Notice of Temporary Closure
September 6 – October 30, 2022
The months of September and October are an important time for plants and wildlife on the Bunchberry Meadows property. Birds are migrating, and ungulates are rutting, making them sensitive to disturbance. To limit disturbance, property access will be available via guided tours only during this time.
To inspire the next generation of conservation leaders, Inside Education is hosting nature-based learning opportunities for school children throughout the closure. The Nature Conservancy of Canada will also be hosting guided fall foliage tours on select weekends. We invite you to visit the events section of our website for available dates. Thank you for supporting conservation and respecting the closure. We look forward to seeing you on a guided tour or welcoming you back on October 31, 2022.
Bunchberry Meadows Conservation Area (Photo by Kyle Marquardt)
Conservation region: Capital Conservation Region
Natural priority area: Upper North Saskatchewan River Basin
Bunchberry Meadows is a 260-hectare (640-acre) parcel of land located just 30 kilometres from downtown Edmonton and about two kilometres from the North Saskatchewan River. Over the years, Bunchberry Meadows has remained intact while the surrounding lands and the City of Edmonton have undergone significant changes.
On this property are some of the only true old-growth forests remaining in Alberta. Here, the jack pines, inactive dunal sand ridges, groundwater fens and wetlands have created tremendous landscape diversity.
In 1974, five families bought Bunchberry Meadows Conservation Area — a parcel of land bordering Edmonton, near the Devonian Botanic Garden. For 40 years the families cared for the land, protecting important habitat for moose and numerous other species.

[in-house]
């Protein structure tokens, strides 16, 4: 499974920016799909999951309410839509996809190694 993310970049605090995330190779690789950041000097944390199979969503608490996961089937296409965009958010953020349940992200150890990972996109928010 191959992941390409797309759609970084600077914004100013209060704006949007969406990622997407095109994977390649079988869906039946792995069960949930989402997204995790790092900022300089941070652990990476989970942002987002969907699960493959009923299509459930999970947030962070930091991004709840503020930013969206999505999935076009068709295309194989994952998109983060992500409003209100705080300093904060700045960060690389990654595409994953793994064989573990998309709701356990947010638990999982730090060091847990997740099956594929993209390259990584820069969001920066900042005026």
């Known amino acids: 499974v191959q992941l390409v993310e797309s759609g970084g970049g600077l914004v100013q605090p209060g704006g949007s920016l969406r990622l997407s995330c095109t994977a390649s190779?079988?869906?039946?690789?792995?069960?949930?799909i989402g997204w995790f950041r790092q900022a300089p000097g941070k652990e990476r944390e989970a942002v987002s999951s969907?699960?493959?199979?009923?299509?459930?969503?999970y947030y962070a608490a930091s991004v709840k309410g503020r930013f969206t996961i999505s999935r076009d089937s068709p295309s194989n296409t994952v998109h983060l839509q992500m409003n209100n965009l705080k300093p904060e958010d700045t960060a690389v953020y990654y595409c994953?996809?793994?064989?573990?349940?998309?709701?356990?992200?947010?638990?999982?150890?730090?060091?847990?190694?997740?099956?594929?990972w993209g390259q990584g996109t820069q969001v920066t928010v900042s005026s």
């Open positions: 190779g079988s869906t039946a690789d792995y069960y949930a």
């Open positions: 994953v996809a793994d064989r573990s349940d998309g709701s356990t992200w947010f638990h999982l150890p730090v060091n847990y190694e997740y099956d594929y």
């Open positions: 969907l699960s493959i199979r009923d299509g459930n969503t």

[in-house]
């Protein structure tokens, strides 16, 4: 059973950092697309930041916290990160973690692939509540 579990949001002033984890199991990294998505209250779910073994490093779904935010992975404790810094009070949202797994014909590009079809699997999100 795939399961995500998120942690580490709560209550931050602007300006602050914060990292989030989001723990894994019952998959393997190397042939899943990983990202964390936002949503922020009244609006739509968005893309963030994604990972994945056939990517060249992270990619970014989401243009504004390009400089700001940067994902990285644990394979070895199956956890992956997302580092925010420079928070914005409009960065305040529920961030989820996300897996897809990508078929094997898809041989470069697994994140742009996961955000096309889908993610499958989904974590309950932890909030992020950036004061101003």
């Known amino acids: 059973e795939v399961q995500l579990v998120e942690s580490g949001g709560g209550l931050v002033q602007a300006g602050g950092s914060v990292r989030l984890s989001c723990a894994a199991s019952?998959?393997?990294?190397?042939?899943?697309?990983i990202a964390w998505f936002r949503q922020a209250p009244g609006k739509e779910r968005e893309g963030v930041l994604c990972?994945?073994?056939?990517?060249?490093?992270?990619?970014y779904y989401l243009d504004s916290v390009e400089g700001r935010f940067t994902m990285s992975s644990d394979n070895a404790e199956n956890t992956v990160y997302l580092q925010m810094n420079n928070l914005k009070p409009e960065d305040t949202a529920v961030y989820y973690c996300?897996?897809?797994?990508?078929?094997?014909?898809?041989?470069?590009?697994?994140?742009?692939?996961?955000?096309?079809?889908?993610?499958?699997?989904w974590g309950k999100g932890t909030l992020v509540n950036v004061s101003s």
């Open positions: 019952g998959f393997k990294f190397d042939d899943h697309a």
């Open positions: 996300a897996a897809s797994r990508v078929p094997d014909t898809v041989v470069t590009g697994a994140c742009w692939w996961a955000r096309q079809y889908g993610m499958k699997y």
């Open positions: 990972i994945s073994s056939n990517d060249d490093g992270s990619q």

When the decision to sell the land was made, the family members approached NCC. Incredibly, these five families came together and agreed to sell their land for half of its appraised value in order to ensure it would be conserved for the people of Edmonton region of see, enjoy and connect with nature. Without this generous decision, this project would not have materialized.
Max Berretti, co-owner of the property, explains his motivation behind the project:
"It is so important that we protect as much of the wild spaces as we can; not just for us, but for everything that lives here,” says Berretti. “When I came to Canada 55 years ago, I fell in love with the wild spaces here. They make this country so unique and so special."
The campaign to conserve Bunchberry Meadows
Over the years Bunchberry Meadows has remained intact. But the surrounding lands and the city of Edmonton have undergone significant changes. Natural spaces in and around Edmonton continue to be developed. It’s increasingly difficult for city dwellers to find open green spaces to enjoy a sunny afternoon, or teach their children about the outdoors.
The campaign for Bunchberry Meadows was officially launched in Edmonton on May 21, 2015. Since then, Edmontonians have stepped up in support so that this special community amenity can be created.
Urban development on this property would mean the loss of habitat for many plant and wildlife species, and the loss of a wonderful space in which Albertans and all Canadians can reconnect with nature.
In June 2016, the Bunchberry campaign was closed successfully, and in 2017 the property officially opened to the public. (More information about access and site ethics here.)
The Edmonton and Area Land Trust (EALT) has become a significant and important partner on the Bunchberry Meadows Conservation Area by making a $1.5-million commitment to our campaign. Going forward, NCC and EALT will collaborate on the ongoing management of Bunchberry, including conducting wildlife species inventories, installing bird boxes and hosting public volunteer activities to steward the site.